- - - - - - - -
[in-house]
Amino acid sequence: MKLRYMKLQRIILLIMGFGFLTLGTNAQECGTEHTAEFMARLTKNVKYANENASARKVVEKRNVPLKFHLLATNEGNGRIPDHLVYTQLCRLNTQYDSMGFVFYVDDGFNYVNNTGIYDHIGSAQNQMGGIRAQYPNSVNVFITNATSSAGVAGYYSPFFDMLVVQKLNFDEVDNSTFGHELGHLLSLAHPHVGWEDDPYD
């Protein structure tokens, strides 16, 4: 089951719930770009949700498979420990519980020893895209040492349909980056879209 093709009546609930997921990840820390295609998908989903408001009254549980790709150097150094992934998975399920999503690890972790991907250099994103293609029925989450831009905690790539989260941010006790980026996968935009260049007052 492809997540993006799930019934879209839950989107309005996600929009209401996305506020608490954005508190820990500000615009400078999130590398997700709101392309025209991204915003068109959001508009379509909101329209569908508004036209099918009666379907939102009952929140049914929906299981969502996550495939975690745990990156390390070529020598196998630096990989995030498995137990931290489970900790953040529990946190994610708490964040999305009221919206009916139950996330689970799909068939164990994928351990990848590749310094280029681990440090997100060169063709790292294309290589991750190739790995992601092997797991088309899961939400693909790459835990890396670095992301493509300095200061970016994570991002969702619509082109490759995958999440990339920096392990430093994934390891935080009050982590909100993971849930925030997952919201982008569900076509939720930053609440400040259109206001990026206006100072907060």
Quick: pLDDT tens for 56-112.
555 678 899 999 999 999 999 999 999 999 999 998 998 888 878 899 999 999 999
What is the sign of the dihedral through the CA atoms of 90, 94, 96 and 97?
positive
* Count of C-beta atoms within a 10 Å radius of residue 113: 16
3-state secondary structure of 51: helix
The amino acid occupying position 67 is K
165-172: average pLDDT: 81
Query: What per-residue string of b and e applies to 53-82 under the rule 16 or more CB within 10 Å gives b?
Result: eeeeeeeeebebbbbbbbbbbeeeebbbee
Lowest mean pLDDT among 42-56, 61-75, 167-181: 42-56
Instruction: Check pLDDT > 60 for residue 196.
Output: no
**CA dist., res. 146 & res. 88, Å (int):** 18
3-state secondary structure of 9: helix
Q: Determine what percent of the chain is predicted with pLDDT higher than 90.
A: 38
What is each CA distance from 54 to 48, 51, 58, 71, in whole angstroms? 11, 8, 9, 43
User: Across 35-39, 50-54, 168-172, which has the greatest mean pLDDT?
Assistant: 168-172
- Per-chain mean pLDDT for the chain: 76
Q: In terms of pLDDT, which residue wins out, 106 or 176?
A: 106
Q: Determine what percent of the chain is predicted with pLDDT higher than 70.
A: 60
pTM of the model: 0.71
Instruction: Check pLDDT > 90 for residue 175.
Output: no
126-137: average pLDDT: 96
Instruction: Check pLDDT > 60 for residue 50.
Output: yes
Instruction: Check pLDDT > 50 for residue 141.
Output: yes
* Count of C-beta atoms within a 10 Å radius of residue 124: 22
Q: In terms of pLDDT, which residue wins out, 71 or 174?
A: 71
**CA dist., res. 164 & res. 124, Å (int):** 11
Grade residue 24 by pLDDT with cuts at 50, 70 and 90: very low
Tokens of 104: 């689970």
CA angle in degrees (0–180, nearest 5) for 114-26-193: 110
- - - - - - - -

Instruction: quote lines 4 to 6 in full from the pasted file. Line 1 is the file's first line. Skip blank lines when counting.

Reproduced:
Quick: pLDDT tens for 56-112.
555 678 899 999 999 999 999 999 999 999 999 998 998 888 878 899 999 999 999
What is the sign of the dihedral through the CA atoms of 90, 94, 96 and 97?